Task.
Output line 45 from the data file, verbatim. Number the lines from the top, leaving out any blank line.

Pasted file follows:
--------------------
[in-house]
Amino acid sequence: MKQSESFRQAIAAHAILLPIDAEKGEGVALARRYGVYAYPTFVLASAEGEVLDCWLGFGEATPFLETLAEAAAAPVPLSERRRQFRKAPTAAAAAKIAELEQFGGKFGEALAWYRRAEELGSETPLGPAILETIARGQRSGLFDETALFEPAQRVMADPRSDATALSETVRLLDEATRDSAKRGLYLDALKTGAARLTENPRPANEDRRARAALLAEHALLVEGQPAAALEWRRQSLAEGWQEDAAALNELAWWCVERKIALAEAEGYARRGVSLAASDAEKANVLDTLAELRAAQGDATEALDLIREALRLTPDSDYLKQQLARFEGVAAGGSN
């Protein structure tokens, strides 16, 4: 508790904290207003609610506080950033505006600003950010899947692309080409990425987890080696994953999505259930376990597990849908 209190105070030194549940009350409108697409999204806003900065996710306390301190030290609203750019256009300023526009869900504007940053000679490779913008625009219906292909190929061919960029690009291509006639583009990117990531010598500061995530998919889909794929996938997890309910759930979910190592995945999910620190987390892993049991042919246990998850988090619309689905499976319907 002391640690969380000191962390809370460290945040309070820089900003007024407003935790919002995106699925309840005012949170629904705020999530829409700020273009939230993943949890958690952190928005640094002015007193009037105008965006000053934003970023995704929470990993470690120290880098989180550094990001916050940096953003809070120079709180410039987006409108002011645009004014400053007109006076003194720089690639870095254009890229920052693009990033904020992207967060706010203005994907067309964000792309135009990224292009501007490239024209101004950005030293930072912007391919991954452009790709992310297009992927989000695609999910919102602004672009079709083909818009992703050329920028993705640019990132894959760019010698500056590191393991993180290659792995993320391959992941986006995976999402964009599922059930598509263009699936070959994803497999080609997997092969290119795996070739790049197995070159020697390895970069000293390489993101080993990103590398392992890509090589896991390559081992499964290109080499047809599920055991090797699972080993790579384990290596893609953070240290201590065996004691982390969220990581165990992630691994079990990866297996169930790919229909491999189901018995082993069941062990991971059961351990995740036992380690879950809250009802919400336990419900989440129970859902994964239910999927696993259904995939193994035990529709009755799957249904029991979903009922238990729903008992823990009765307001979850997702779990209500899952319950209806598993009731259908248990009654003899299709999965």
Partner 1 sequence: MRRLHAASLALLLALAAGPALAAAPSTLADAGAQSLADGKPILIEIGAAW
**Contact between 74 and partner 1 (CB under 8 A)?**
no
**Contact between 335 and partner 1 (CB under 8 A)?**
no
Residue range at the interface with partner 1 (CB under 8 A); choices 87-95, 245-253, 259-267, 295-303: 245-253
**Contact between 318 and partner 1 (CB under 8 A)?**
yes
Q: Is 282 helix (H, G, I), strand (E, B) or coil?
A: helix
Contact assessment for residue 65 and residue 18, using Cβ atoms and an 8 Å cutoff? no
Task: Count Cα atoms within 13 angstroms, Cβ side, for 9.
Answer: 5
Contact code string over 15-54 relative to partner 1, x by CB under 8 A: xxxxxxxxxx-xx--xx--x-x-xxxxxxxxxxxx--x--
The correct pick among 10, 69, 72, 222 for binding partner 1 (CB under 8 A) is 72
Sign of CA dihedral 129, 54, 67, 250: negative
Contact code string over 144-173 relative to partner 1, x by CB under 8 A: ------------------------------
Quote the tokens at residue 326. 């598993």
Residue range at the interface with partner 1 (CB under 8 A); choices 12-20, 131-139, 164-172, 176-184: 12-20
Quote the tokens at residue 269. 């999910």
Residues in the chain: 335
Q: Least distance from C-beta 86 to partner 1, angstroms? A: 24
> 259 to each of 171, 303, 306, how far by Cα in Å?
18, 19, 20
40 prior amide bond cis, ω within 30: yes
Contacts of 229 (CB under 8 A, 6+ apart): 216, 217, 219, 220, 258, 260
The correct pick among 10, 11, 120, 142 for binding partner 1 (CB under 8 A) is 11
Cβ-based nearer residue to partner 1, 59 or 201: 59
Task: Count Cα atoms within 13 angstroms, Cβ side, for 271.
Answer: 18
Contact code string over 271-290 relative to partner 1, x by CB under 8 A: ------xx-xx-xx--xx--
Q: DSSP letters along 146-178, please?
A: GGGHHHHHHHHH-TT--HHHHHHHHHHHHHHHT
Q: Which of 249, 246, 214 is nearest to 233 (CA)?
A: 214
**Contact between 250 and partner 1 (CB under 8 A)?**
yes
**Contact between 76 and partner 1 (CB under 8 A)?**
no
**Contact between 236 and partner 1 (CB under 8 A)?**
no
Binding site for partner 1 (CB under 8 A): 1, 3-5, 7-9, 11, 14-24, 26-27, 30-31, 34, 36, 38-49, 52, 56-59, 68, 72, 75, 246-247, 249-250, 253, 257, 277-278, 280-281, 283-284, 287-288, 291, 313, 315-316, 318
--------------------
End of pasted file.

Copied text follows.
Binding site for partner 1 (CB under 8 A): 1, 3-5, 7-9, 11, 14-24, 26-27, 30-31, 34, 36, 38-49, 52, 56-59, 68, 72, 75, 246-247, 249-250, 253, 257, 277-278, 280-281, 283-284, 287-288, 291, 313, 315-316, 318